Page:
JACKSONVILLE BEACH, Fla. -- Children may not be getting the attention the state of Florida requires in Duval County. The district is facing a major overcrowding issue in several school classrooms.
"It makes me consider home school," said mom Jessica O'Brian.
O'Brian isn't OK with the fact her son Jonah has been crammed into a crowded classroom at San Pablo Elementary. Local teachers told Action News they're overwhelmed. Many of their classes have doubled in size from last school year.
"I don't think the children, especially kindergarten and first grade, have the support they need, the attention they're used to getting," O'Brian said.
Superintendent Dr. Nikolai Vitti admitted to Action News that the district wasn't ready for the influx in students.
"We have almost 2,000 more students in our school system than the year before. Overall, we were projecting declines because we have new charter schools that were entering the district," he said.
If Duval County doesn't get the count down by mid-October, it faces millions of dollars in fines. Last year, Duval County forked over $1.5 million for not complying with state guidelines.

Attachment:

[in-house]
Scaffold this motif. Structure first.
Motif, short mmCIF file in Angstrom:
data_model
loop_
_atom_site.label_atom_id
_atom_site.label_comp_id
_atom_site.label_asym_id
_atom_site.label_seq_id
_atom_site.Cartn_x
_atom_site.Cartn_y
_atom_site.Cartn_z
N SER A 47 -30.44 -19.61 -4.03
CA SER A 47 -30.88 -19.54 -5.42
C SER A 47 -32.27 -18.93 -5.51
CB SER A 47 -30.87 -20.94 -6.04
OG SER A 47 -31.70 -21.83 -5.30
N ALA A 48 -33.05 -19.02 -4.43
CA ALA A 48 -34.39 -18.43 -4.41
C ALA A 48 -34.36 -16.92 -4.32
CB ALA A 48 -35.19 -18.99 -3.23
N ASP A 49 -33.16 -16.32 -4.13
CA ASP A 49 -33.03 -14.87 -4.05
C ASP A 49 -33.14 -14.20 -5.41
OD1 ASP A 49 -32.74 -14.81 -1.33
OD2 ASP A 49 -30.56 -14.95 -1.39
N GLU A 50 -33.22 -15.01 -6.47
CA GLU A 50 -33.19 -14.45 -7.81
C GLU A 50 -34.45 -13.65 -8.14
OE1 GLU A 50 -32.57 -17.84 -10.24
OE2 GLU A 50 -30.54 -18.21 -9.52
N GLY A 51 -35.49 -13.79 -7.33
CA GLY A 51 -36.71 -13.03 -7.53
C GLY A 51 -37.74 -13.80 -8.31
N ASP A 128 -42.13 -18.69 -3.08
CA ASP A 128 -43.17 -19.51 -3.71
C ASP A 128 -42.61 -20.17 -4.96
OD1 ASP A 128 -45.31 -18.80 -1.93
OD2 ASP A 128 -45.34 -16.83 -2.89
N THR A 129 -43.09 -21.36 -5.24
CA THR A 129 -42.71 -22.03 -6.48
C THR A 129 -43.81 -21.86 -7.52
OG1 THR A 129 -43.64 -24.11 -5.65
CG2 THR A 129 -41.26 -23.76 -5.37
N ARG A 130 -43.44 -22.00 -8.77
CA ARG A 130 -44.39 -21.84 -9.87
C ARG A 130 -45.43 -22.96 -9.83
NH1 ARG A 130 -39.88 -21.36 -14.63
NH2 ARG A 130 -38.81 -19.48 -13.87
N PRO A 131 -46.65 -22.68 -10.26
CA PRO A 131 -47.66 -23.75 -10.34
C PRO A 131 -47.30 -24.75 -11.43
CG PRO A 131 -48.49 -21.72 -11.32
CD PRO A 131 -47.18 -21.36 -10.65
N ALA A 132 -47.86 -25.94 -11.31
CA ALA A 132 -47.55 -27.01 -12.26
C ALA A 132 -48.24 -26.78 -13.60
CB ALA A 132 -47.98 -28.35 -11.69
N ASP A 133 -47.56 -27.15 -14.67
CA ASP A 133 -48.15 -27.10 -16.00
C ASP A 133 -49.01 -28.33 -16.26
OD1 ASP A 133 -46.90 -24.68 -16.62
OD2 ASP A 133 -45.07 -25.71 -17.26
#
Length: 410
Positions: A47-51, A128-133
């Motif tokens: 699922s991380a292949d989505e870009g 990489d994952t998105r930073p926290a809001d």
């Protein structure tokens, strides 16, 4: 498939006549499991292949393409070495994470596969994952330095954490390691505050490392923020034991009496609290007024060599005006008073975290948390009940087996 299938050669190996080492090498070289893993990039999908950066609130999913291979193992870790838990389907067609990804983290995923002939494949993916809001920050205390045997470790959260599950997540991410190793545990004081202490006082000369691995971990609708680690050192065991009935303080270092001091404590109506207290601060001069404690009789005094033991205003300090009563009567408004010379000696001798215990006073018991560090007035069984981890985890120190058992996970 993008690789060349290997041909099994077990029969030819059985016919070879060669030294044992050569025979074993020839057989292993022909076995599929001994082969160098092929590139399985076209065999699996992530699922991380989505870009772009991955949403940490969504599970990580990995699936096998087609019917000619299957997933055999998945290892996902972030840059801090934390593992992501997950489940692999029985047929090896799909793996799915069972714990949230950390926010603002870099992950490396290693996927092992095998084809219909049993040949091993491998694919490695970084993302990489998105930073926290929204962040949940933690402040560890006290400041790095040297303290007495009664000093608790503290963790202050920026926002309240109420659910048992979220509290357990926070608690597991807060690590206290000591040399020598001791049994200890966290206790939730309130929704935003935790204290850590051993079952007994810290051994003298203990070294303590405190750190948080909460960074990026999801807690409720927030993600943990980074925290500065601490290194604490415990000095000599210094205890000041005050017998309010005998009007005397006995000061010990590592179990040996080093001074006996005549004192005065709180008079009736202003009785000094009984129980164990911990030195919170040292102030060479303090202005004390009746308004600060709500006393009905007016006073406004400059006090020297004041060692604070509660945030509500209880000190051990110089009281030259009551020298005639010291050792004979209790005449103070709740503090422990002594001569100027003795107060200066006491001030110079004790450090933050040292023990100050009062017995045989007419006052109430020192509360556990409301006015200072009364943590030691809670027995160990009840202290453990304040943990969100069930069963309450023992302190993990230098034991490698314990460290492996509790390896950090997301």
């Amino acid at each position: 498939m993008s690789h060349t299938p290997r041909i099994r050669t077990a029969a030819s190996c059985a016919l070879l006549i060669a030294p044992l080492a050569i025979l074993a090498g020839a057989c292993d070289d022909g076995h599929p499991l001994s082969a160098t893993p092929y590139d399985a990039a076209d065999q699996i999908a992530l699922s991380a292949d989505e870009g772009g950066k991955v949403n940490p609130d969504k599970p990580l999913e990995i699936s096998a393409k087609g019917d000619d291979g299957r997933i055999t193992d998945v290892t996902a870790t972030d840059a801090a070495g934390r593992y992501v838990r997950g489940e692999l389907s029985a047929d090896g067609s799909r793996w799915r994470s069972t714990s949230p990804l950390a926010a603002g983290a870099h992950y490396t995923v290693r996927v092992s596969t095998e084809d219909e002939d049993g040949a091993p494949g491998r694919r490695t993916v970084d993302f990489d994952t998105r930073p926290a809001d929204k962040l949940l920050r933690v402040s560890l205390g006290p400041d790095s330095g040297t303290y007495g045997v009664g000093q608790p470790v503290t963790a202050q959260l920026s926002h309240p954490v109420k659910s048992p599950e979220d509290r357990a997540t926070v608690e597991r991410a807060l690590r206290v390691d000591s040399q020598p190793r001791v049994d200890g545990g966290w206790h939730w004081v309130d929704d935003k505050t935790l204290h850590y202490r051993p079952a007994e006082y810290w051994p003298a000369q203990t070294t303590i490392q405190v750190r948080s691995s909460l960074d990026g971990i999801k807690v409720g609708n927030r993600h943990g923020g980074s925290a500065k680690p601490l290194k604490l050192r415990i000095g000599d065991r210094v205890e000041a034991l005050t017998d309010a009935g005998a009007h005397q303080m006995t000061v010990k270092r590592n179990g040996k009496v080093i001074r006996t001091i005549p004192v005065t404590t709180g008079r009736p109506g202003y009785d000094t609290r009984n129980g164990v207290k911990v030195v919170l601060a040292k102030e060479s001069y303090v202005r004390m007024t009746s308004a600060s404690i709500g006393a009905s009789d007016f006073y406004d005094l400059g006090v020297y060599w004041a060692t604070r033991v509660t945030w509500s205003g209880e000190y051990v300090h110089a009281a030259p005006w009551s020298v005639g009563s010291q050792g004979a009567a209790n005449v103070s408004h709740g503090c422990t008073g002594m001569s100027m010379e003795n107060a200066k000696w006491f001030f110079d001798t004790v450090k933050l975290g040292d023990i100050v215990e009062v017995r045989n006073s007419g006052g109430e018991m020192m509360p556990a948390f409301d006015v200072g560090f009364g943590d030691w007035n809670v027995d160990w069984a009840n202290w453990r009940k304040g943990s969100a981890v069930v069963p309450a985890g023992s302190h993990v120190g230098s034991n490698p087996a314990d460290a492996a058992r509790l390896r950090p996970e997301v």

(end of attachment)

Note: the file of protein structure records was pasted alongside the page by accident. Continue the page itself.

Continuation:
"Last year we were 86 percent, right now we're at 75 percent and we still have about a month to go before those numbers are pulled," said Vitti.
O'Brian said, sadly, money isn't enough motivation to give her son the education he deserves.
"It's sad that it's a financial thing that it comes down to because it should just be about the children. It should be about the children," she said.
Vitti said right now the district is feverishly working to move teachers out of schools where enrollment dropped into schools in need. They are also hiring new teachers.
Duval Teachers United filed a grievance with the district for several issues. One of the big ones was classroom size.